Unfortunately, research remains significantly under-funded.

The National Institutes of Health tracks spending on over 200 conditions deemed significant to public health. Miscarriage is not among the 200+ conditions deemed significant enough to track. The NIH allocates too few dollars toward research to prevent miscarriage. In 2004, only $9.1 million was spent on research to prevent miscarriage and stillbirth, making pregnancy loss among of the lowest funded conditions.

Beyond Chromosome Abnormalities

Only $9.1 million was spent on research to prevent miscarriage and stillbirthWhen testing confirms abnormal chromosomes in a miscarriage, doctors consider the loss "explained," meaning that the likely cause of loss was found. But should you consider further testing if you've experienced multiple losses?

Doctors disagree on this question. Multiple miscarriages can be caused by nothing more than bad chromosomes. However, miscarriages sometimes have several causes. Patients who lose a chromosomally abnormal pregnancy may also have an underlying medical disorder that contributed to their loss. Some patients - especially after multiple miscarriages - pursue further testing.

If you decide that more testing is needed, know that the depth of testing varies from doctor to doctor. One doctor may recommend just three tests. Another doctor might suggest ten. It's critical to know exactly which tests you're getting.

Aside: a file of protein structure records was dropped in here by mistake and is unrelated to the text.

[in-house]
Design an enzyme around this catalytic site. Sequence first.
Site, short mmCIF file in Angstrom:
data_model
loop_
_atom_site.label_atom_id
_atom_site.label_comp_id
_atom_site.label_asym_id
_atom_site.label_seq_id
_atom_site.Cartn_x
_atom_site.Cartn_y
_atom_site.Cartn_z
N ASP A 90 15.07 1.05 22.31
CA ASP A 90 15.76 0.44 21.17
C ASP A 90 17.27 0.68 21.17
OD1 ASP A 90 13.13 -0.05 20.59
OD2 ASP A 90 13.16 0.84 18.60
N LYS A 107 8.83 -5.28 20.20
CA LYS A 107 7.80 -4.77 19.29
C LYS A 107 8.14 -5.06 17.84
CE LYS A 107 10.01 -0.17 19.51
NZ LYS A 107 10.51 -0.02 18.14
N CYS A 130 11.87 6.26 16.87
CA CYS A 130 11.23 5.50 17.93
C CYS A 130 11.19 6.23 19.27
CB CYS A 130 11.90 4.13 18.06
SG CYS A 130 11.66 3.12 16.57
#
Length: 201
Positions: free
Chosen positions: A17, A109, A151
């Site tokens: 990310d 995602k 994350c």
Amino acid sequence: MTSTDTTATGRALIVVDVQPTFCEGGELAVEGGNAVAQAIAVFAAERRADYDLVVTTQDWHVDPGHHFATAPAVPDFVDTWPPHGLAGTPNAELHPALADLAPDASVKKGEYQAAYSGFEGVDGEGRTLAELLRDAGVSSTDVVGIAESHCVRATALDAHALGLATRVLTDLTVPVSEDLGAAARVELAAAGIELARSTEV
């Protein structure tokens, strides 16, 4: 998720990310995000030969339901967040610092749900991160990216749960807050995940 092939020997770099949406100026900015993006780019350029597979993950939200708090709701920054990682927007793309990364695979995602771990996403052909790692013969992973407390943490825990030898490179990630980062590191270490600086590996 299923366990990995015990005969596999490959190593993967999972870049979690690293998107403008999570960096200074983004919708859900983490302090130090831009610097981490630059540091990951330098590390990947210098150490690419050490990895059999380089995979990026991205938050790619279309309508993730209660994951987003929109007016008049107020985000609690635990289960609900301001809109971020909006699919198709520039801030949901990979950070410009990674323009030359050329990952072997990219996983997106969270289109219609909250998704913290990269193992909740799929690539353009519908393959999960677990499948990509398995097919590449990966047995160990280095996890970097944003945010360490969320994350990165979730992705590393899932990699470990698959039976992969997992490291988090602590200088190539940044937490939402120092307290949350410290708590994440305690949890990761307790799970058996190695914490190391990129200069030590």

The "Standard" Evaluation

The standard evaluation for losses before 15 weeks includes three tests to look for a cause of loss. These three tests are important, but they're often not enough. After this narrow band of tests, 50-75% of couples will still have no answers.4

ACOG's suggested evaluation includes

  • Lupus anticoagulant and anticardiolipin antibodies to test for antiphospholipid syndrome
  • Parental balanced chromosome abnormalities. Please note that this is different from fetal chromosome abnormalities, thought to cause half of all losses.
  • Evaluation for uterine abnormalities

Beyond The Standard Evaluation

Many obstetricians expand the standard evaluation to include other tests. The following three additional evaluations are completed among many mainstream doctors.

  • Prolactin levels to test for luteal phase defect
  • TSH to evaluate thyroid function
  • Factor V Leiden mutation5

Other factors are thought to cause miscarriage. Some mainstream physicians do not test for these disorders because research is considered inconsistent, and treatments are controversial. The willingness to perform these evaluations varies by physician.

  • Polycystic Ovarian Syndrome
  • Bacterial infections
  • Viruses
  • Other uterine abnormalities including cervical incompetence
  • Inherited thrombophilias beyond Factor V Leiden
  • Reproductive immunology disorders

The willingness to perform these evaluations varies by physicianNote that the tests discussed refer to pregnancies lost before fifteen weeks gestation. While these evaluations are relevant for losses that occurred later, additional factors, such as cervical incompetence and others, should be considered when diagnosing losses after fifteen weeks.

A Final Consideration: Share Your Family Loss History